The objective of this report is to examine the extent to which countries in Latin America and the Caribbean participate in global value chains and what are the drivers of such participation. Production processes have been increasingly fragmented worldwide. For example, the production of the Boeing 787 Dreamliner involves 43 suppliers located in 135 locations around the globe. There are many examples like the Dreamliner, from the 451 parts that go into the iPod to the less technologically intensive but still widespread multi-country production of a Barbie doll. All this reflects significant changes in the way world production is being reorganized across national borders. That is, for many goods, production has become a multi-country process in which different stages are carried out in specialized plants in different parts of the world. Countries which specialize in different stages of the production process are thus linked by these global value chains. For developing countries, a clear opportunity from the continuous international fragmentation of production arises in the form of participating in activities that were virtually not opened to them in the past. Therefore, the international fragmentation of production provides opportunities for trade diversification, an issue that can be of particular importance for Latin America and the Caribbean as the region?s export base is in general highly concentrated in a few industries and particularly biased towards natural-resource intensive sectors. The aim is to identify whether there is policy space for implementing strategies that allow countries to improve their position in regional and global value chains.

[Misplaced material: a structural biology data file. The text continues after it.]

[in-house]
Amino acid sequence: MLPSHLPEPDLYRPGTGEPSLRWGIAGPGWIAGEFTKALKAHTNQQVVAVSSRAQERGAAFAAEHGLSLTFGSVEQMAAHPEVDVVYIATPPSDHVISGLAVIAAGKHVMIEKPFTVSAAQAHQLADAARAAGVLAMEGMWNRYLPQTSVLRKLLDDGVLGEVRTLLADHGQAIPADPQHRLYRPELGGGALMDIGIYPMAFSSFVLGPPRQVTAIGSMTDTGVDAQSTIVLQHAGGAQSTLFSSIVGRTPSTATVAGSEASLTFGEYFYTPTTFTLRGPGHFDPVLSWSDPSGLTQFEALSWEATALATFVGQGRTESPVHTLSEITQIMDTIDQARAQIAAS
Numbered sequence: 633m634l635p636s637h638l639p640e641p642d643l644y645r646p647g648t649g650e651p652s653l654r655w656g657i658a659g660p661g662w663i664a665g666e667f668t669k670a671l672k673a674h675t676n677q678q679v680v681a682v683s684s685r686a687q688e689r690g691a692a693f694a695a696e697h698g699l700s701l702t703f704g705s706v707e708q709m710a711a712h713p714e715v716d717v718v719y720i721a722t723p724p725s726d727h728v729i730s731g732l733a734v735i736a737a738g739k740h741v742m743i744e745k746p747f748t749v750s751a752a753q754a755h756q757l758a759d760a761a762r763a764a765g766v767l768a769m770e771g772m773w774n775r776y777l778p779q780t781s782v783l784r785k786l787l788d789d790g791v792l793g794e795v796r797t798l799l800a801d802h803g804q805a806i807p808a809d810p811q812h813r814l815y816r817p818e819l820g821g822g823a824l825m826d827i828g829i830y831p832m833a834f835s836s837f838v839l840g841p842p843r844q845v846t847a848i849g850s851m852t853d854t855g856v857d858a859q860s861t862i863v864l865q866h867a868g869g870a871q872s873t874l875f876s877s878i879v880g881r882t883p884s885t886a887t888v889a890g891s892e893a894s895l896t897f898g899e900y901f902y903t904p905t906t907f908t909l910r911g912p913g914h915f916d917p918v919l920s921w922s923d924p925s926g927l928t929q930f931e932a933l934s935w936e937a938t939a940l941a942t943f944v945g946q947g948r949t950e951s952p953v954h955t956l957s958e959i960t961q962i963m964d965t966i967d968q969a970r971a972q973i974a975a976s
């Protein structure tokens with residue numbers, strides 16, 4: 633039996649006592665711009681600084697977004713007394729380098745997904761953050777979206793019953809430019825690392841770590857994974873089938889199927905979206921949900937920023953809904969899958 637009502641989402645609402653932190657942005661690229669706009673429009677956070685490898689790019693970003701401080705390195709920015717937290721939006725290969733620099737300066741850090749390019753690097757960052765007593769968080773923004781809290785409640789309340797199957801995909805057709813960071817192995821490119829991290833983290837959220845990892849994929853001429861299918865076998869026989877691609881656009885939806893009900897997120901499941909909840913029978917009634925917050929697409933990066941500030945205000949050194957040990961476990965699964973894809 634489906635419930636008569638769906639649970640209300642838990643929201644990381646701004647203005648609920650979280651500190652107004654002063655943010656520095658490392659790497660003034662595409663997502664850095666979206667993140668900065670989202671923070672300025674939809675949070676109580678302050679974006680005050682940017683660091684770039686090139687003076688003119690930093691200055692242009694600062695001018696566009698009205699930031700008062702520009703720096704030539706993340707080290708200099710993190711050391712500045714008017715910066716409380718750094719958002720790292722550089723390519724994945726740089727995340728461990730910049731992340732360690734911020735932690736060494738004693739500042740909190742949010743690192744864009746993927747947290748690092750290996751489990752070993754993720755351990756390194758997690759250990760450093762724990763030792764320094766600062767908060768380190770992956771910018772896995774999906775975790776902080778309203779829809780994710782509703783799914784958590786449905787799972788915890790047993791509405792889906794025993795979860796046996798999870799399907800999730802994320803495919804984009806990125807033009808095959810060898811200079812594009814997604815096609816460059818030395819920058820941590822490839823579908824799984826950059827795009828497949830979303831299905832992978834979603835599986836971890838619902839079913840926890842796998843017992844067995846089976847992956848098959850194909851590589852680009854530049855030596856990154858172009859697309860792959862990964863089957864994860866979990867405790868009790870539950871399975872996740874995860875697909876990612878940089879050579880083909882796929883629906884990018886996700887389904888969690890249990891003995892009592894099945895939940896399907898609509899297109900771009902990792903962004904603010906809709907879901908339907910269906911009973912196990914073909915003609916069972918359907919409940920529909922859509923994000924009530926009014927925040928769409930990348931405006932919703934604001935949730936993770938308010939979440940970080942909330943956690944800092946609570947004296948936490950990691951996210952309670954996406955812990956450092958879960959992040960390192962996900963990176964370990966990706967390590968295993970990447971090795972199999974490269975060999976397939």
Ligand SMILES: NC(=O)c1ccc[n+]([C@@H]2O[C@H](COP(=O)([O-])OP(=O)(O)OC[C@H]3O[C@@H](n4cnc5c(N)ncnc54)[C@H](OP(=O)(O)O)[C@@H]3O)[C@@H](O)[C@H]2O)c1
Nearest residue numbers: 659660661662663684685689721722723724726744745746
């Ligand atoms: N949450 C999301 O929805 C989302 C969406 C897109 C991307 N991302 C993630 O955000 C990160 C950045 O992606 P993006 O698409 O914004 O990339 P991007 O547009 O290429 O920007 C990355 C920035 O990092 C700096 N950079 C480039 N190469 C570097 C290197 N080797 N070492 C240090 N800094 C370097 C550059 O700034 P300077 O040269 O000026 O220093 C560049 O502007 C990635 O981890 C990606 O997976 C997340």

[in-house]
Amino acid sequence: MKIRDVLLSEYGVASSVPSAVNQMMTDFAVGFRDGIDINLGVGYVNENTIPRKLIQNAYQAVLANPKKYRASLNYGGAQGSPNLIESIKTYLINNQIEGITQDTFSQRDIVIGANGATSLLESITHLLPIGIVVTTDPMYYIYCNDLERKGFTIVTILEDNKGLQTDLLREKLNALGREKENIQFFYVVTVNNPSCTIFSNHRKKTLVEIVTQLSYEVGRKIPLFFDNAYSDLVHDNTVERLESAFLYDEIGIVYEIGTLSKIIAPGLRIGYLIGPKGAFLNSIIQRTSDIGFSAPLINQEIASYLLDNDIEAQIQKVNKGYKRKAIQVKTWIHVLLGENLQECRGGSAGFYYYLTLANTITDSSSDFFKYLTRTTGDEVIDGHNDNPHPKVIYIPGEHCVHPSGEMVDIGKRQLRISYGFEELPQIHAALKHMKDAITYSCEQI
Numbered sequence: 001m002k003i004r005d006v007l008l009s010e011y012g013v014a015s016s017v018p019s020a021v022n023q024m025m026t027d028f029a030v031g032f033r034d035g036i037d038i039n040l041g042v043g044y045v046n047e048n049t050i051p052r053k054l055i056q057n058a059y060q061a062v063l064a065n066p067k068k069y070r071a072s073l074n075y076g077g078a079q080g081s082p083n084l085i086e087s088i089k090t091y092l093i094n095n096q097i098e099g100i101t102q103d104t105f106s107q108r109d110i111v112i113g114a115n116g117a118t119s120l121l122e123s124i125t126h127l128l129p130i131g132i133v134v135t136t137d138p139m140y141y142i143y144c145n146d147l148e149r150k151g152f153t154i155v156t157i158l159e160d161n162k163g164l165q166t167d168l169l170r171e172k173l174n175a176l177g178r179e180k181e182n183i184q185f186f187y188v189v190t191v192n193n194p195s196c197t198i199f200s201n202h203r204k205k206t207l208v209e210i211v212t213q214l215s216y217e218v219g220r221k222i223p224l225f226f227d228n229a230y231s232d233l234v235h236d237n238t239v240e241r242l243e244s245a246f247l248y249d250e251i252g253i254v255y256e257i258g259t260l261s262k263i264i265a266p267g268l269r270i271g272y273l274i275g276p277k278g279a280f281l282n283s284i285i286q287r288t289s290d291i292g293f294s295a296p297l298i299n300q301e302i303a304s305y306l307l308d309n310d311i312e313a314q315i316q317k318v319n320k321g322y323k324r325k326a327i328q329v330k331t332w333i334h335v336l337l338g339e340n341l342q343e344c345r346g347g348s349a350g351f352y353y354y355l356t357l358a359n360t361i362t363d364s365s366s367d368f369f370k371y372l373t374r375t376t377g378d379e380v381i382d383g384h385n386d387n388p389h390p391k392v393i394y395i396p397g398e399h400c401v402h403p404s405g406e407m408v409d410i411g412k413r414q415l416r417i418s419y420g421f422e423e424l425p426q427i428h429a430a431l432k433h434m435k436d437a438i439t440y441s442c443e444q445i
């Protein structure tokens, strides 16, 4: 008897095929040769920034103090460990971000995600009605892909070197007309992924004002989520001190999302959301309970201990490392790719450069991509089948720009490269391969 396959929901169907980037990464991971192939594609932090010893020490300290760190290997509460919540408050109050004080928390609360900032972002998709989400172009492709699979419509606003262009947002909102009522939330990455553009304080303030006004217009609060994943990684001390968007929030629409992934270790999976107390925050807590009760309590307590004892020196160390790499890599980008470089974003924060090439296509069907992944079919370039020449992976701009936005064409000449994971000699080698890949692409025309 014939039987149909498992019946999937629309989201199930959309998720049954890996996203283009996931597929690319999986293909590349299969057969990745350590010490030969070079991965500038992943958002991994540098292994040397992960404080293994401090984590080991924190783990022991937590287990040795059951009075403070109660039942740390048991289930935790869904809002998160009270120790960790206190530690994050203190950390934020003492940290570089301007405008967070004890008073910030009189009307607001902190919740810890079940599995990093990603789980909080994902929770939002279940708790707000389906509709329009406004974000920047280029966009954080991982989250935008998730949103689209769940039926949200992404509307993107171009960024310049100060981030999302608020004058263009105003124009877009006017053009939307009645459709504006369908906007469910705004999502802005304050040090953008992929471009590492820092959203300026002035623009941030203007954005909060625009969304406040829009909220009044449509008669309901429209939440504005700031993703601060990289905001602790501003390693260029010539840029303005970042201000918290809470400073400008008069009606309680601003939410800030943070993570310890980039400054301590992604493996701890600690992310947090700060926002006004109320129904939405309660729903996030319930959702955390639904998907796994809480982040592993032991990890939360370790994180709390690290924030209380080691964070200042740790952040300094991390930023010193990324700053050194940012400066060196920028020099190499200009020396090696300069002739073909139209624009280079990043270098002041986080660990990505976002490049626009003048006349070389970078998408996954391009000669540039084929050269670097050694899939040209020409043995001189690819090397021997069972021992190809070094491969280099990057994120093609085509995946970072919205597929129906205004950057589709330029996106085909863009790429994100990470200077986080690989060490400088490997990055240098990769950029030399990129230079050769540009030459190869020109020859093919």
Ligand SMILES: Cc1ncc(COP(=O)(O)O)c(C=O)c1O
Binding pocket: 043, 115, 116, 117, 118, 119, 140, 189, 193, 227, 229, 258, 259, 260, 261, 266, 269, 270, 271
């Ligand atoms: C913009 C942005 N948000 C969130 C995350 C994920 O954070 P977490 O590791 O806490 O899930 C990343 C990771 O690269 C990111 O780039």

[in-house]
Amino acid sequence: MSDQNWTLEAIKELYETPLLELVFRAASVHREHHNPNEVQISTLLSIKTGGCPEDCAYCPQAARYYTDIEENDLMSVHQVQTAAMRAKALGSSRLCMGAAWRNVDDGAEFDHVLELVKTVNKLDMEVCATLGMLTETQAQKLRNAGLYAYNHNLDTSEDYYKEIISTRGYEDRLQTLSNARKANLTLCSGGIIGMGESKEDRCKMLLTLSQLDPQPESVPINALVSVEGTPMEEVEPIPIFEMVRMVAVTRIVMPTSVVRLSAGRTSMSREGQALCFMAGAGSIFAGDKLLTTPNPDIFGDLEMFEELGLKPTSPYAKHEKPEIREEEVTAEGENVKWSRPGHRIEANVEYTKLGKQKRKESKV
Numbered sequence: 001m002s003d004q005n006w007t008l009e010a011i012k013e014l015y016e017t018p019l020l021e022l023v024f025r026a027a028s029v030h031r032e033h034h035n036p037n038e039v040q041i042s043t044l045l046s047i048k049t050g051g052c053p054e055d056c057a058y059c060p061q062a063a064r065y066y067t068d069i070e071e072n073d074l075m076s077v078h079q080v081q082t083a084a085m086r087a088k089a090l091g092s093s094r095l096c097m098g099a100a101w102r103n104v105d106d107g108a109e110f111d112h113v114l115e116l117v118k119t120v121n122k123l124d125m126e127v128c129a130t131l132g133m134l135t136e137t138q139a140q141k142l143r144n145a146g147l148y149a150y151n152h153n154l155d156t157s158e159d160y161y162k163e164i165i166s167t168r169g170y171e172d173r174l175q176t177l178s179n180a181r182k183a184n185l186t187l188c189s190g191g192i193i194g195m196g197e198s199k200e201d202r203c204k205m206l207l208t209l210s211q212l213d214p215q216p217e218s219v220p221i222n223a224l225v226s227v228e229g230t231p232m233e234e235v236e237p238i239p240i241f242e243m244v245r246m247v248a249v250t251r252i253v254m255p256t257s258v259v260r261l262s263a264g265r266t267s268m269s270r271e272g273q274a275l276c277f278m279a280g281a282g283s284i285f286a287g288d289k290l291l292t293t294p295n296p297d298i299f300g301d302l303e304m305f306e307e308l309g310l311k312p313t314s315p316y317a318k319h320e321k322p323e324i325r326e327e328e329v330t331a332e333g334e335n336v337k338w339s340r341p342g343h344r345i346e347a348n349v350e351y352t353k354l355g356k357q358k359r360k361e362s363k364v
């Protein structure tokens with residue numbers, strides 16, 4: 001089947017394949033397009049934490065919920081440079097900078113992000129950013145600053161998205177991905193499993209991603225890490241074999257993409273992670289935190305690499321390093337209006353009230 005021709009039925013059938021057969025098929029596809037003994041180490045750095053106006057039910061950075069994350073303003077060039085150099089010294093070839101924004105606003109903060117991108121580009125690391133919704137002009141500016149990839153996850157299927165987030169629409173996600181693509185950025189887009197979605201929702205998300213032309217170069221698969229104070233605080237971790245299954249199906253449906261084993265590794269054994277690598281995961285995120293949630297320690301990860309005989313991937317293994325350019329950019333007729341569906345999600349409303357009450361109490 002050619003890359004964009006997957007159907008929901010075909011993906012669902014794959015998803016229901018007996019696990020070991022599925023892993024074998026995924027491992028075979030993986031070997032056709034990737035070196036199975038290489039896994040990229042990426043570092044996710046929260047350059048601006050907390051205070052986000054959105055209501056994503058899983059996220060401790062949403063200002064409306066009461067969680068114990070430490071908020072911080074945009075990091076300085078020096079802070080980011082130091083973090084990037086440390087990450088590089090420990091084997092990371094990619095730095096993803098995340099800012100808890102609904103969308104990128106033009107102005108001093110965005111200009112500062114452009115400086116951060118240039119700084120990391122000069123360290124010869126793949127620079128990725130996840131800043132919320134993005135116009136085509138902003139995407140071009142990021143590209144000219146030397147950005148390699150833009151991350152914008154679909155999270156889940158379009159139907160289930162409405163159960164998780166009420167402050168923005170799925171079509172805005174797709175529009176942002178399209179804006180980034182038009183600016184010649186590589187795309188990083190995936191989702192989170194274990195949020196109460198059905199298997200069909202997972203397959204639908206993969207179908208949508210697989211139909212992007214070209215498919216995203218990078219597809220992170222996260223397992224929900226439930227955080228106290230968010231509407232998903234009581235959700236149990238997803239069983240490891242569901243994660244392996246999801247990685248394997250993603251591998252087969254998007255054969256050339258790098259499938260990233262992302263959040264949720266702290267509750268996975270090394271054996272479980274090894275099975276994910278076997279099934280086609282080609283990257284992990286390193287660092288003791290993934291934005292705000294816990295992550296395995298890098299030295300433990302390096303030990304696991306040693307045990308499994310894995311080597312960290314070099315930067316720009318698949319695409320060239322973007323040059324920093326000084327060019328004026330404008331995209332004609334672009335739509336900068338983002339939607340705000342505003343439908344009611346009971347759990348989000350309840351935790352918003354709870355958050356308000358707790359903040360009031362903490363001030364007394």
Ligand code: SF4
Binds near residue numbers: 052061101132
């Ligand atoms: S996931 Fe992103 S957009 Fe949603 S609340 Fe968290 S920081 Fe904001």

Economics.-- International economics.-
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